Double CSA Pickup Shells and Sauce
3 lbs homegrown/heirloom tomatoes, sliced into quarters
1-2 lbs. bones (I used lamb neck bones because they were on sale at the rich white people store and rich white people don’t buy bones)
1 bulb garlic, top sliced off
½ white or yellow onion, peeled
Fresh herb sachet (mine contained basil, rosemary, thyme, fennel fronds and oregano)
2 tbs. butter (yes, butter)
Olive oil for drizzling
About 1-2 days before making the sauce in earnest, roast your tomatoes by preheating the oven to 300. Arrange the tomatoes on a baking sheet, sprinkle with salt and drizzle with olive oil (about 3 tbs). Roast for 3-4 hours, until the flesh starts to gel and the skin gets puckery around the edges.
When tomatoes are semi-cooled, dump the contents of the baking sheet (tomatoes, juices, and oil) into a sealed container and store in the fridge.
On the day you want to make your sauce, preheat the oven to 425. On a baking sheet, arrange the bones and sprinkle with salt/drizzle with olive oil. Also, make a foil packet for the head of garlic and drizzle with olive oil. Place that on the baking sheet next to the bones and roast for 20-30 minutes (don’t let the garlic burn, if its innards get golden and sticky-soft, take it out and let the bones keep roasting for about 35-40 mins total.
While this stuff is roasting, take out your tomatoes and peel off the skins. This is as easy as gripping a corner and lightly tugging back. Discard the skins, then puree the tomatoes and the juice/oil from their container in a food processor, food mill, or blender. Remove the garlic cloves from their skins and pulse them with some tomato puree until smooth.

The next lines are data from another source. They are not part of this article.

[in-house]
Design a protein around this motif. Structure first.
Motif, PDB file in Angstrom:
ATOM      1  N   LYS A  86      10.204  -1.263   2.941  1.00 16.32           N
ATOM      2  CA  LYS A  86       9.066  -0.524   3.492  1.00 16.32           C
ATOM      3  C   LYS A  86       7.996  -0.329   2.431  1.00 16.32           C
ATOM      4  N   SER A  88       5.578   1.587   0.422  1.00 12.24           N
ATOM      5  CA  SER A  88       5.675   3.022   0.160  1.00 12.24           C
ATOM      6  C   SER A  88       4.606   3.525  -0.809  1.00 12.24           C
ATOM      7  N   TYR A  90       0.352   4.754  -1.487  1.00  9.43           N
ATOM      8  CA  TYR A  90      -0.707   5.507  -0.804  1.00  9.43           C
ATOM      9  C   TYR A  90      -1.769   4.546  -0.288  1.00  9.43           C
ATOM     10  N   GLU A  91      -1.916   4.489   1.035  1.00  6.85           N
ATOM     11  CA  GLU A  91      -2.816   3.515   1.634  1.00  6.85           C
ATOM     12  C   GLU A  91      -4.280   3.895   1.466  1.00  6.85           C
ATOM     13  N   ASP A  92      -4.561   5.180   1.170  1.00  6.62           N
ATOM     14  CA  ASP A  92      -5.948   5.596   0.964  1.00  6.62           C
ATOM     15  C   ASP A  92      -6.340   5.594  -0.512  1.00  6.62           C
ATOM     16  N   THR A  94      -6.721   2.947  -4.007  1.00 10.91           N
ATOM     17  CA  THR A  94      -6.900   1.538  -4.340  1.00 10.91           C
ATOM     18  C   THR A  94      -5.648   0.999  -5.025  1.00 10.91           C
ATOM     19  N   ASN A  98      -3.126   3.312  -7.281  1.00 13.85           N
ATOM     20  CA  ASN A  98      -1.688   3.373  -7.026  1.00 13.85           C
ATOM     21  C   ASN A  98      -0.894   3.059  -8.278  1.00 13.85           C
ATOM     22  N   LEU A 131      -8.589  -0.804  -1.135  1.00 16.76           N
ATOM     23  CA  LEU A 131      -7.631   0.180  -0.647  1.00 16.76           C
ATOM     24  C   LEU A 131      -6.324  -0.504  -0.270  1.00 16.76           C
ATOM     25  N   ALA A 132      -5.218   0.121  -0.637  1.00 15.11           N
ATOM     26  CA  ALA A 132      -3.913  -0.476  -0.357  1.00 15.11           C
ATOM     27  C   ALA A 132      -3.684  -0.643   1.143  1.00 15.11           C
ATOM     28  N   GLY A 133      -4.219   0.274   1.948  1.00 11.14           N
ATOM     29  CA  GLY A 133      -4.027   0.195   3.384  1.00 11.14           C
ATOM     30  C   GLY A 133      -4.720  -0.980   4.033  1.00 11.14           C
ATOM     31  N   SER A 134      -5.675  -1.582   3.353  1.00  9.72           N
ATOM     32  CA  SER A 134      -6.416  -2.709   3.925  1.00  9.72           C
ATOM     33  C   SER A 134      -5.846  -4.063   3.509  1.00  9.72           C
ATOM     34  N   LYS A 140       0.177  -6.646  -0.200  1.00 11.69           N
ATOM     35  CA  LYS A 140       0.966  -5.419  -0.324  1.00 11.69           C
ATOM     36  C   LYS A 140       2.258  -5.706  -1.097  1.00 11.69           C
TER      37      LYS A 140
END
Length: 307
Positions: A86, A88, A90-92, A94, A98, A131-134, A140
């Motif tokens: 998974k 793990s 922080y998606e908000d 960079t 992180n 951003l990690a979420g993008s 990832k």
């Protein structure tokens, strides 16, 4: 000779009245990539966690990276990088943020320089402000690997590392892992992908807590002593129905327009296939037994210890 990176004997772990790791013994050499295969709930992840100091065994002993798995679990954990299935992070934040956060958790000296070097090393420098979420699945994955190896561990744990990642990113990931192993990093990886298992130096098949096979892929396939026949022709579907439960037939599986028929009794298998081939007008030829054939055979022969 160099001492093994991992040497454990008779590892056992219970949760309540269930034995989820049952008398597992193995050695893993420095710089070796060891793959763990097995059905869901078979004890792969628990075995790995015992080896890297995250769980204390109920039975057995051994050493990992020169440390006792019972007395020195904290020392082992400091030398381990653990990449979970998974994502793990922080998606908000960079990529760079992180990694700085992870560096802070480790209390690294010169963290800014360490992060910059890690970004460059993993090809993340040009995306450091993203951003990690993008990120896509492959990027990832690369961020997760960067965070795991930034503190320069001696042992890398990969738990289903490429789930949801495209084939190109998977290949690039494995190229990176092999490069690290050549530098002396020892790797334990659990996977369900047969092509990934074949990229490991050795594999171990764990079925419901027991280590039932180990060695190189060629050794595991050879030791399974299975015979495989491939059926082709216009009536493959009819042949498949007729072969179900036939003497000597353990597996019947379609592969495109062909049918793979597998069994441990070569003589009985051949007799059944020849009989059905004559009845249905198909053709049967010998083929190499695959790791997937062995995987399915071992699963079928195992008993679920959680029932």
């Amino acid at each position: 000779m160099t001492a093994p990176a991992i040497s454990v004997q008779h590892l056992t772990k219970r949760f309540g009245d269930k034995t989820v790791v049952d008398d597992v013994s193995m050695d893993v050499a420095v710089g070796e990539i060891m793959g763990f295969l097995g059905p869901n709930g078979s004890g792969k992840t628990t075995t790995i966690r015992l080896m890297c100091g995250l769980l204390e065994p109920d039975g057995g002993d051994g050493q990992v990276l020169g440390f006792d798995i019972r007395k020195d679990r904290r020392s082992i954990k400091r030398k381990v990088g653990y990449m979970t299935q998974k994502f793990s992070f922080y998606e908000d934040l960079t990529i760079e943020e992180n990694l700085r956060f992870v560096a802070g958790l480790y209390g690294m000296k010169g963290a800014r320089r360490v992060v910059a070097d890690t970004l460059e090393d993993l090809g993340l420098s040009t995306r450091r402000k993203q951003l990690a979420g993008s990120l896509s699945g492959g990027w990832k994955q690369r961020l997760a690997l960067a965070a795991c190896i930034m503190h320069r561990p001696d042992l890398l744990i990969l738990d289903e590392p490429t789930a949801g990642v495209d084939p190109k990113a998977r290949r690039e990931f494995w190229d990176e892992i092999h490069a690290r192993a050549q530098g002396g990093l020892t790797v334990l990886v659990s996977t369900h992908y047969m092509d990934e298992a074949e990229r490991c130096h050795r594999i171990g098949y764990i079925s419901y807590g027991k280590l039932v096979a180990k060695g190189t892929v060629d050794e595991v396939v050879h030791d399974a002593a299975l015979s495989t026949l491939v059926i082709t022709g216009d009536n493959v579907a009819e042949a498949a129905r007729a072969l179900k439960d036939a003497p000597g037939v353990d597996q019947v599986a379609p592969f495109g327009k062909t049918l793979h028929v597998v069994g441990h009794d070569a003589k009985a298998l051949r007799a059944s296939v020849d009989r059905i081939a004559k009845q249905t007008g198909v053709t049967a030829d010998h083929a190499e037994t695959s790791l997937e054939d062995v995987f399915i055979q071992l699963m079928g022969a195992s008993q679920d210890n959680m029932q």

Take the bones out of the oven. In a stockpot, melt the butter and place the onion flat side-down in the bottom. Toss the herb sachet in and let it get coated in hot butter until aromatic. Now add the bones and cover with the tomato sauce. Simmer on medium-low/low, stirring occasionally, for about an hour. Remove the bones, onion, and herb sachet, and if you want, run the sauce through a sieve (sometimes there’s whole marrow or, um, other stuff in there, but I just get the stray bits out with a spoon). Keep it in a sealed container in the fridge for up to 4 days until you need it. This sauce will freeze well, too.
Shells and Stuffing
1 1-lb package jumbo pasta shells
½ white or yellow onion, diced
1 medium-sized bulb fennel, diced
1 Italian or hatch chili pepper, seeded and finely diced
2-3 cups other vegetables – Actually it was probably more, quantity-wise, and we used chopped radicchio, spinach, and chard because 2/3’s of that came in our CSA. We kept the spinach separate from the rest because it doesn’t take as long to cook.
1 cup basil (we used field basil from our CSA, it’s really aromatic and hearty), chopped